How many bus rides, how many train trips, how many flights, how many games, how many pep talks, how many sleepless nights, how many lives?

Former assistant coach, Tina, claimed “I’ve seen you resurrect a team from the dead.”

Well, she was wrong. The team resurrected me. When an accident abroad ended my athletic career at age 25, I felt like I had one foot in the grave. Gradually, as I rebuilt my body cell by cell, I found a new calling. I overcame health setbacks and kept going in order to prepare my team for their next opponent.

My goal was to get them ready mentally and physically and in doing so I restored my own fighting spirit to endure decades of pain.

Thanks to a new generation of players, Geneva basketball is back on top. How many coaches bow out winning every tournament in their final season of their career?

The final scores, funky gymnasiums, and famous places fade in time; what remains engraved in my heart forever is each player’s face. Thanks to all the athletes who kept my love alive.

When I could no longer play basketball, my heart shattered; my players put it together again piece by piece season after season.

Coaching the best out of them brought the best out of me.

And gave my life purpose.

Speaking for Gender Equity at International School

DSC00215_copyIf the dynamic group of senior girls who pulled off an enlightening International Women’s Day at Zurich International School is any indication, the future for women is in good hands. This talented group of young ladies organized a memorable event reflecting on gender bias within art, sport and the work place.

The multicultural members of the committee were completing their final year of the international baccalaureate and on target to enter fields in law, medicine, and international relations at universities around the world.

I led off their program recounting the history of the pioneers in women’s sport and the impact of the groundbreaking Title IX amendment to the Civil Rights Act. As I explained legislation helps but attitudes take longer to change than laws. Gender biases are deeply ingrained.DSC00225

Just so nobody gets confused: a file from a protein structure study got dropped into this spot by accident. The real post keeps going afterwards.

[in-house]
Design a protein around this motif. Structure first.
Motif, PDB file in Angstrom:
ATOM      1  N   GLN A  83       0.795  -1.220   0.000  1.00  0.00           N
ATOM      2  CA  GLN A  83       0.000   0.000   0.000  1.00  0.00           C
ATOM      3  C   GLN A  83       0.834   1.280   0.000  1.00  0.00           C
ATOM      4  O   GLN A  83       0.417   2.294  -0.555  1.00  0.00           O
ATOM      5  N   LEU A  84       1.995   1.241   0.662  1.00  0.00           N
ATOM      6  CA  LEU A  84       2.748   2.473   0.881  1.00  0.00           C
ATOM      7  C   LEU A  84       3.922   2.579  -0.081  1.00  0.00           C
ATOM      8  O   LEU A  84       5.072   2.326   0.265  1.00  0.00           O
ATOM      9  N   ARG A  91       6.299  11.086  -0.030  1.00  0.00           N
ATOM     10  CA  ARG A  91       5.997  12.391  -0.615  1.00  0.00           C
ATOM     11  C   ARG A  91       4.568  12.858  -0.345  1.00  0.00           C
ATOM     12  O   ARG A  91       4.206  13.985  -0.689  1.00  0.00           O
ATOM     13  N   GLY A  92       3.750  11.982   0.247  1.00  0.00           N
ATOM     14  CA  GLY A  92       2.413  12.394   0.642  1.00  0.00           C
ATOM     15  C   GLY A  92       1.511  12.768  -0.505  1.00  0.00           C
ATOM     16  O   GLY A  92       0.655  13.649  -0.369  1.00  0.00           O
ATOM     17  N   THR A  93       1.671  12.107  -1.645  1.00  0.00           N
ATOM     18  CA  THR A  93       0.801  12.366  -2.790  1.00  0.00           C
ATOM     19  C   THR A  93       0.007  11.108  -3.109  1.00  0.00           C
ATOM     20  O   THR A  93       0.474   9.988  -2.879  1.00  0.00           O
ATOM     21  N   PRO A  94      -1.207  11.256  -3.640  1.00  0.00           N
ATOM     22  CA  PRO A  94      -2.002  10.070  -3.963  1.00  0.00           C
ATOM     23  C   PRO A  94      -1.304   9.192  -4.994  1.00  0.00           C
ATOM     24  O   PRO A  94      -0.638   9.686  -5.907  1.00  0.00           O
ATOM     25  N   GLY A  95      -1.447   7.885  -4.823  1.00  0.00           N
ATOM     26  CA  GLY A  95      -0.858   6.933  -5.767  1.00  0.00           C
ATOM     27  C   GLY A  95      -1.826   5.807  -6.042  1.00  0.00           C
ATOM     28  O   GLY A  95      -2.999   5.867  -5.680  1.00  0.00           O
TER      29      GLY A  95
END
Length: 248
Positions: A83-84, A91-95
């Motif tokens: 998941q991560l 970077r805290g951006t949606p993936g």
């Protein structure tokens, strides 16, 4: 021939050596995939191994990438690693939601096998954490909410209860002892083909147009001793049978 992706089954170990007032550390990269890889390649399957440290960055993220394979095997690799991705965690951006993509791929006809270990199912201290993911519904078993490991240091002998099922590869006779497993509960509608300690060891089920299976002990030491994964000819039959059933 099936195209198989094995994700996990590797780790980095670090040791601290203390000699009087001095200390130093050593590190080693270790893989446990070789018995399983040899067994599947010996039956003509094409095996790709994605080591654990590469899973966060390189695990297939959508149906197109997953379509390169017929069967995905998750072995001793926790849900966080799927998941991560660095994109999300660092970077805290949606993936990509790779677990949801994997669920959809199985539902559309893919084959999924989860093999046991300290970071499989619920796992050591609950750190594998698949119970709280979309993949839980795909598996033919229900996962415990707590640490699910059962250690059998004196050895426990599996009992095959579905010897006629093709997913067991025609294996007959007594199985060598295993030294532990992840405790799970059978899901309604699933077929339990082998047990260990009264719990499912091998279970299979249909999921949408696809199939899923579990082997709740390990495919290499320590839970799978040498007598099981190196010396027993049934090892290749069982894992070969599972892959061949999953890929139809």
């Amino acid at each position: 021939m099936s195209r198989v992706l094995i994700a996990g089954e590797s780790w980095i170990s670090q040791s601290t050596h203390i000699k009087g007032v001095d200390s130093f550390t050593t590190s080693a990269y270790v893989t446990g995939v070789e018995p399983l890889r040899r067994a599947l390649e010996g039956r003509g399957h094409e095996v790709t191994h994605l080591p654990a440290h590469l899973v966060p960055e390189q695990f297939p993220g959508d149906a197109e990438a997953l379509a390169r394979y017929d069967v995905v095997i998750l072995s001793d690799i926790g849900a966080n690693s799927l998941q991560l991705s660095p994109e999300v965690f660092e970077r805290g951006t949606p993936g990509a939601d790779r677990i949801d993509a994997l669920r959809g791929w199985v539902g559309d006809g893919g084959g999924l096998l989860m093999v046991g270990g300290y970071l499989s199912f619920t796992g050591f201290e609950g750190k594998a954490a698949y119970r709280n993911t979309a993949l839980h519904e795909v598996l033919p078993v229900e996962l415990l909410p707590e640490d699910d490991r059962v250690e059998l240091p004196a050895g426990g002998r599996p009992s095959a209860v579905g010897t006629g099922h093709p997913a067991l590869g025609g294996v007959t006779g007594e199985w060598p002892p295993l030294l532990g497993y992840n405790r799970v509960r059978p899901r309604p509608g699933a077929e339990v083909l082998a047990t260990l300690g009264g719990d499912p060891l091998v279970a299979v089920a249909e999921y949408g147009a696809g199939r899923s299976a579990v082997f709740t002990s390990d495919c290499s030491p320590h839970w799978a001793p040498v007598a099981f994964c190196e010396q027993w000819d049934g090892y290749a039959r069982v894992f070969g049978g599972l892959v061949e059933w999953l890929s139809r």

Real change has to start in the home with men sharing more equitably childcare and housekeeping chores. Brothers must contribute as equally to domestic chores as their sisters.

After speaking I answered a barrage of questions not only about my experiences, but also about what can steps can be taken towards gender equality.

A German boy in a Duke basketball jersey, an avid hoopster asked how young males growing up today can make things more equitable.

“Well, you can start by going home tonight and cooking dinner for your mama.”

Parents serve as our first role models, yet their roles as breadwinner and homemaker are so institutionalized that we don’t even think about it. Even if they work outside the home, women in all cultures continue to do the greatest percentage of work in home. Half of all women do some kind of housework compared to only one-fifth of men. If they are mothers, they spend twice as long as fathers doing unpaid domestic work each week. Within many societies the disparity is far greater.

Due to centuries of inequity, gender bias remains a pervasive part of our psyche.

Following my speech, Regina Lanford discussed how artistic images have perpetuated cultural prejudices about women. Then Eleanor (Tabi) Haller-Jorden, talked about the gender gap in leadership in corporations across Europe urging us to avoid gender stereotypes that are inherent in every culture.

After the speeches, a school band played hits of the seventies during lunch hour while the girls sold tulips in a pledge for parity. A lively panel discussion between teachers, parents, students, and speakers topped off the day.

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International Women’s Day with Amy Greene, former DI player, coach, mom and assistant principal ZIS

Will the efforts of these young women in Zurich revolutionize the world? No, probably not. But their actions will raise eyebrows, increase awareness, and open dialogue. And if the turn out at ZIS International Women’s Day Celebration was any indication, with males in attendance in almost equal numbers, we are headed in the right direction.